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Roundup: New Oyster Bay speed limit, break-in forum

Speed limit on busy road now at 35 mph
The Oyster Bay Town Board on Tuesday lowered the speed limit on busy Underhill Boulevard from Jackson Avenue in the downtown business district to Jericho Turnpike from 45 mph to 35 mph.

Councilman Chris Coschignano said the action stemmed from requests from local civic and PTA groups after several accidents on the road that is used as a bypass for Jackson Avenue.

There were no speakers at a hearing before the vote.

Neighborhood group to discuss break-in
The Brightwaters Neighborhood Watch plans to hold a general meeting Monday and discuss a recent attempted break-in.

The hourlong meeting will be held at 7:30 p.m. at the Bay Shore/Brightwaters Library at 1 South Country Rd. in Brightwaters.

Brightwaters Neighborhood Watch Coordinator Carmine Chiappetta said in October, a local home was the target of an attempted robbery.

“Last month we had an attempted break-in through pet doors,” he said. The suspects fled after “they tried to undo the door and they tripped the alarm.” He said there was a similar incident in May.

Chiappetta said transportation may be provided to residents who want to attend the meeting.

Trustees to vote on architectural panel

Trustees in the Village of Flower Hill will vote next month on whether to create a new architectural review committee.

“We’re taking the building permit committee, changing the name and giving it some teeth,” Mayor Elaine Phillips said at a Nov. 4 public hearing on the proposed law.

The committee would be an advisory body to the board of trustees and would have three members, including one trustee. Members would examine construction projects with an eye toward surrounding property values, land use and the overall appearance of the village, according to the proposed law, and make recommendations to the board of trustees, which will decide whether applications should be approved.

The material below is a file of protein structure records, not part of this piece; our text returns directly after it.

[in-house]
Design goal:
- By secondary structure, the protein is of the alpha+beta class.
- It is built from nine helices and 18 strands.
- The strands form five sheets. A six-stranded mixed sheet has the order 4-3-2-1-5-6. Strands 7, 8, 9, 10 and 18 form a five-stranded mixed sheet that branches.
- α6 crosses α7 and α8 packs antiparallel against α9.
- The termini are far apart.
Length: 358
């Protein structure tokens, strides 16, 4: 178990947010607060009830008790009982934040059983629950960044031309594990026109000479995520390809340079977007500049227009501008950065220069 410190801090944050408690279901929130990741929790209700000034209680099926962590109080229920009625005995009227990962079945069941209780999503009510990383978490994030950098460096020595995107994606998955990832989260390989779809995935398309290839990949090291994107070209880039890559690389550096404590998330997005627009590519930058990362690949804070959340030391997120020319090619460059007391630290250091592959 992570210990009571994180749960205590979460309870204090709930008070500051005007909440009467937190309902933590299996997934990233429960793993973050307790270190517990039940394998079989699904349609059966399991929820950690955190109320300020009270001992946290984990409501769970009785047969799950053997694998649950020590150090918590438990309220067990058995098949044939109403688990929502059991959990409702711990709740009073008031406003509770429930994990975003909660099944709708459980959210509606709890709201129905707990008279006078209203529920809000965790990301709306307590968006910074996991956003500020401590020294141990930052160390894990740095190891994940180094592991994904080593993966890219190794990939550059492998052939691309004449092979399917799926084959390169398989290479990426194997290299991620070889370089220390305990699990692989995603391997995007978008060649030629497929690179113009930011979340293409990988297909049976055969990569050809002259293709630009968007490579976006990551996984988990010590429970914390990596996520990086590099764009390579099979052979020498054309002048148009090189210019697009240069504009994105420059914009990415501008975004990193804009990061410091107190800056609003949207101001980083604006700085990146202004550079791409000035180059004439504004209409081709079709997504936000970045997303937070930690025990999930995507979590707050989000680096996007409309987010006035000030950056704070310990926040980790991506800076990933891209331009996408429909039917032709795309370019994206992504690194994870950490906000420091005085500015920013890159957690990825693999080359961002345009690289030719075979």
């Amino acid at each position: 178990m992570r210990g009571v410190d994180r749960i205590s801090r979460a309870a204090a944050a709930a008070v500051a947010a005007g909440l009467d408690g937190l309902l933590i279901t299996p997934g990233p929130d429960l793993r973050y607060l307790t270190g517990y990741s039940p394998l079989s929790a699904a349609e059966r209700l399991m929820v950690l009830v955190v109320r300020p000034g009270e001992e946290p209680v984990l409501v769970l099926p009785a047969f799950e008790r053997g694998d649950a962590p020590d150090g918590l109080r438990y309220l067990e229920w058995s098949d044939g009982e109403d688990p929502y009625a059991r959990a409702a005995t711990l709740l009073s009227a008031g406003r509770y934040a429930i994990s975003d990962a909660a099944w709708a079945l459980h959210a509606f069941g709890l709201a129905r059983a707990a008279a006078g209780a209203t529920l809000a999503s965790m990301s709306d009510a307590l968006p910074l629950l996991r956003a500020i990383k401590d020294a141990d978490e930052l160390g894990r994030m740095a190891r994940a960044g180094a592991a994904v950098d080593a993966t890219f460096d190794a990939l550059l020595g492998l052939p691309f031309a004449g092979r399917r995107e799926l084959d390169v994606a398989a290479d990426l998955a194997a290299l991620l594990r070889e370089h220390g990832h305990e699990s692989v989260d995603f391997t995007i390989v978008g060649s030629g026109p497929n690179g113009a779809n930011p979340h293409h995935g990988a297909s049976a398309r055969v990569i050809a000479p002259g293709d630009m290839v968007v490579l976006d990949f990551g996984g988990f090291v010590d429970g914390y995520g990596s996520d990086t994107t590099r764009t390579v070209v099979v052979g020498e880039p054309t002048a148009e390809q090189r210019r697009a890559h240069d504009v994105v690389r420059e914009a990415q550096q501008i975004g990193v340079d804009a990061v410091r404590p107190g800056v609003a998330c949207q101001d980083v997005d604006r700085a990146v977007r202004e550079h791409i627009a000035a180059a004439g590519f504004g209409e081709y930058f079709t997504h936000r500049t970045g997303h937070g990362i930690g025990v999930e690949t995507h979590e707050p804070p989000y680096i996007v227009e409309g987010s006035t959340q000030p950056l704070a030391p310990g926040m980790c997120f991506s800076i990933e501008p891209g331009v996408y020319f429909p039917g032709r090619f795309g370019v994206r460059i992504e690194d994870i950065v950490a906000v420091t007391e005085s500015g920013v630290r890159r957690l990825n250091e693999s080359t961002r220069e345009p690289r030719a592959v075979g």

Trustees are slated to vote on the creation of the committee at their Dec. 2 meeting.

Students to perform at concert Dec. 3
After rehearsing for three months in a renovated carriage house in downtown Riverhead, nine middle and high school student musicians from central and eastern Long Island are scheduled to give a free concert — their only public performance — on Dec. 3 at the Eastern campus of Suffolk County Community College.

The students were selected to take part in the Music Masters Fellowship Program offered by the Riverhead-based East End Arts, a nine-week tuition-free string ensemble workshop run this year by professional cellist Nico Olarte-Hayes, who has given solo performances at Lincoln Center and was assistant conductor of the Harvard-Radcliffe Orchestra in 2011.

The East End Arts program started in 2011, and the student band that year gave a rock concert. The students this year range in age from 12 to 17, and there are five violins, one viola, two cellos and one double bass. The musicians come from Riverhead, Westhampton Beach, Sachem High School North and the Bellport Middle School.

The concert will be at 7:30 p.m. in the Shinnecock Building on the community college campus on Speonk-Riverhead Road.

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